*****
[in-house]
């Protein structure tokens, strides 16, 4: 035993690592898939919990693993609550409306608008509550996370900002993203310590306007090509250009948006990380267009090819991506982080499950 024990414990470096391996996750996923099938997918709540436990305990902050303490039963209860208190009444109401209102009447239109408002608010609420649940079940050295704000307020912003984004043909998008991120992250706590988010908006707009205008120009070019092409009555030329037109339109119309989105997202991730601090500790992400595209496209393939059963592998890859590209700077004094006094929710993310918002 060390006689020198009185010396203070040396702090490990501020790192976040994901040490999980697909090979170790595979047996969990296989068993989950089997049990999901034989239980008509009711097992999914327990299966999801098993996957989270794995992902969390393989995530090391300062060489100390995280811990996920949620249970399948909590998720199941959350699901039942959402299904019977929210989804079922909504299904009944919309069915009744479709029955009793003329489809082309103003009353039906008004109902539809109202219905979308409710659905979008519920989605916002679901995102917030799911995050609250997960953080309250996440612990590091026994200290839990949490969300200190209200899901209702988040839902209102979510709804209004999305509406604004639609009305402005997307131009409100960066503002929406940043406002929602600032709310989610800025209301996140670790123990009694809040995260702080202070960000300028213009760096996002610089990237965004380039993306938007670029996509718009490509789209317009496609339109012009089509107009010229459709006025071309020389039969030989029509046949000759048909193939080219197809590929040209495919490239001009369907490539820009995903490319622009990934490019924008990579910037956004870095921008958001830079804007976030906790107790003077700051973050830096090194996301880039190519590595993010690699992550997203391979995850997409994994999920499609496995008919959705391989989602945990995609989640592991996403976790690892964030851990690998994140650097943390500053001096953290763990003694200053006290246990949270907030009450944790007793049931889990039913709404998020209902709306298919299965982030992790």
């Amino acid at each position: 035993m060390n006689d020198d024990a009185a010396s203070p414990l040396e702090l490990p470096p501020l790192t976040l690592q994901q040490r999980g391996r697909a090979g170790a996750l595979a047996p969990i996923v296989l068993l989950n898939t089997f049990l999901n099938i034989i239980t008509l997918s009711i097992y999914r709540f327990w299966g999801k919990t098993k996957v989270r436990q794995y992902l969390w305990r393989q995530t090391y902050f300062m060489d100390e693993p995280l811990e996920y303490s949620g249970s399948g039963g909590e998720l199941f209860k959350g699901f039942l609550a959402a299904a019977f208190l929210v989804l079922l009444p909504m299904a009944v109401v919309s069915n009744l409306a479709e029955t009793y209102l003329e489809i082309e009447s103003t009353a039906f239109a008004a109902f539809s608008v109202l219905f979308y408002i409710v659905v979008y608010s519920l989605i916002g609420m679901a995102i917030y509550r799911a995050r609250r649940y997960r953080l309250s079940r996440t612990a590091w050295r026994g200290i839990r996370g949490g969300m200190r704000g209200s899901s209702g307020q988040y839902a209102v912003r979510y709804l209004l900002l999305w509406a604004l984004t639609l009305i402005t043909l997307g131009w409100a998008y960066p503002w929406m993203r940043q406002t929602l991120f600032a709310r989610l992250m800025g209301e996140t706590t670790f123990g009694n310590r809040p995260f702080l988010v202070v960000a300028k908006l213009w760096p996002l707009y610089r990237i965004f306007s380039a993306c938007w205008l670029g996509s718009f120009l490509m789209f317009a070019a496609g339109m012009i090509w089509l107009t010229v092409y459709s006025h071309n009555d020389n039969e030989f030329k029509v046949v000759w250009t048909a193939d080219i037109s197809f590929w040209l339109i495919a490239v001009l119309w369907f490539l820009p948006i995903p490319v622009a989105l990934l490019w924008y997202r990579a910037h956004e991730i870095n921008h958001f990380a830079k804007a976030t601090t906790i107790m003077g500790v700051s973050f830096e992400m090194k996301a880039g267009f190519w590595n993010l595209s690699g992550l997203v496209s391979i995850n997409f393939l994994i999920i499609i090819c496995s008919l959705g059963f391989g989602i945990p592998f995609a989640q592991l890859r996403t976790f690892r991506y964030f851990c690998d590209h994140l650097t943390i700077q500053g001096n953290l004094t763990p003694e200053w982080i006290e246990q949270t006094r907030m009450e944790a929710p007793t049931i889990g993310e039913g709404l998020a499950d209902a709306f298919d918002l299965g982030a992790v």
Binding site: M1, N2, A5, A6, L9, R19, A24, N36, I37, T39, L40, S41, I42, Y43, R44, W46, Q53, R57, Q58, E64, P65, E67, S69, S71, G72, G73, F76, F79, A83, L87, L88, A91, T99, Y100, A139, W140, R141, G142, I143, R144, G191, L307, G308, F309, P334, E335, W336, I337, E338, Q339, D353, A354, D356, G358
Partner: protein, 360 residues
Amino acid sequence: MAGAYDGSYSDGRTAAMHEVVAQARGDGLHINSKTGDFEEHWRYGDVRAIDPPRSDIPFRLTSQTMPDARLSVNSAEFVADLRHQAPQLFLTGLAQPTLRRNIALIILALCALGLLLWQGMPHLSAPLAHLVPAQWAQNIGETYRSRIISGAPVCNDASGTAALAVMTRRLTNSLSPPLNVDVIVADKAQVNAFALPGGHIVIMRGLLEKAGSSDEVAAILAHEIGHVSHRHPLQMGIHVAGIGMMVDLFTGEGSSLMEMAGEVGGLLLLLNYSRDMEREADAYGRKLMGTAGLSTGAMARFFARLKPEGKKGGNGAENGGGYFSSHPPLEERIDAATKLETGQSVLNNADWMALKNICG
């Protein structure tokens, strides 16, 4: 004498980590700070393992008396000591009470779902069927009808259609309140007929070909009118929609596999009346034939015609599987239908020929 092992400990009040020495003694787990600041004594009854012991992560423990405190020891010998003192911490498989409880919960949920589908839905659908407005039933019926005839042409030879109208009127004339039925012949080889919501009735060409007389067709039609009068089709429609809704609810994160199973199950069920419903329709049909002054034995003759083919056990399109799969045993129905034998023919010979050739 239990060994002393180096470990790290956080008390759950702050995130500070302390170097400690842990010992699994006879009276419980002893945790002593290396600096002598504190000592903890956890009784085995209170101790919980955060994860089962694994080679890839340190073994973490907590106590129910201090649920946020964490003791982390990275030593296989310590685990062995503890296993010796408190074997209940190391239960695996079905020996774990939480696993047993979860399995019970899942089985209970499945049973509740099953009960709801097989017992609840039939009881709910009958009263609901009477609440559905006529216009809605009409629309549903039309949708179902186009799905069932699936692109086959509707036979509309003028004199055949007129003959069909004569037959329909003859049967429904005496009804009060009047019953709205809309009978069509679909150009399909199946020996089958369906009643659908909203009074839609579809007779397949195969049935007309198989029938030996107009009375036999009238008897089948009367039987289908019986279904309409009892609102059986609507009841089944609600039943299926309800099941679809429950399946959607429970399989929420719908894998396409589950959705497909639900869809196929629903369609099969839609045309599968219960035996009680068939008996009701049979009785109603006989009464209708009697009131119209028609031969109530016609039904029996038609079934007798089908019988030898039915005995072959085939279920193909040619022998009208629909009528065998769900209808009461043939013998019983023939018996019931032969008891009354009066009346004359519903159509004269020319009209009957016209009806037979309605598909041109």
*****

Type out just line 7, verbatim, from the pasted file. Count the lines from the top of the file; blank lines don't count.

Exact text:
């Protein structure tokens, strides 16, 4: 004498980590700070393992008396000591009470779902069927009808259609309140007929070909009118929609596999009346034939015609599987239908020929 092992400990009040020495003694787990600041004594009854012991992560423990405190020891010998003192911490498989409880919960949920589908839905659908407005039933019926005839042409030879109208009127004339039925012949080889919501009735060409007389067709039609009068089709429609809704609810994160199973199950069920419903329709049909002054034995003759083919056990399109799969045993129905034998023919010979050739 239990060994002393180096470990790290956080008390759950702050995130500070302390170097400690842990010992699994006879009276419980002893945790002593290396600096002598504190000592903890956890009784085995209170101790919980955060994860089962694994080679890839340190073994973490907590106590129910201090649920946020964490003791982390990275030593296989310590685990062995503890296993010796408190074997209940190391239960695996079905020996774990939480696993047993979860399995019970899942089985209970499945049973509740099953009960709801097989017992609840039939009881709910009958009263609901009477609440559905006529216009809605009409629309549903039309949708179902186009799905069932699936692109086959509707036979509309003028004199055949007129003959069909004569037959329909003859049967429904005496009804009060009047019953709205809309009978069509679909150009399909199946020996089958369906009643659908909203009074839609579809007779397949195969049935007309198989029938030996107009009375036999009238008897089948009367039987289908019986279904309409009892609102059986609507009841089944609600039943299926309800099941679809429950399946959607429970399989929420719908894998396409589950959705497909639900869809196929629903369609099969839609045309599968219960035996009680068939008996009701049979009785109603006989009464209708009697009131119209028609031969109530016609039904029996038609079934007798089908019988030898039915005995072959085939279920193909040619022998009208629909009528065998769900209808009461043939013998019983023939018996019931032969008891009354009066009346004359519903159509004269020319009209009957016209009806037979309605598909041109």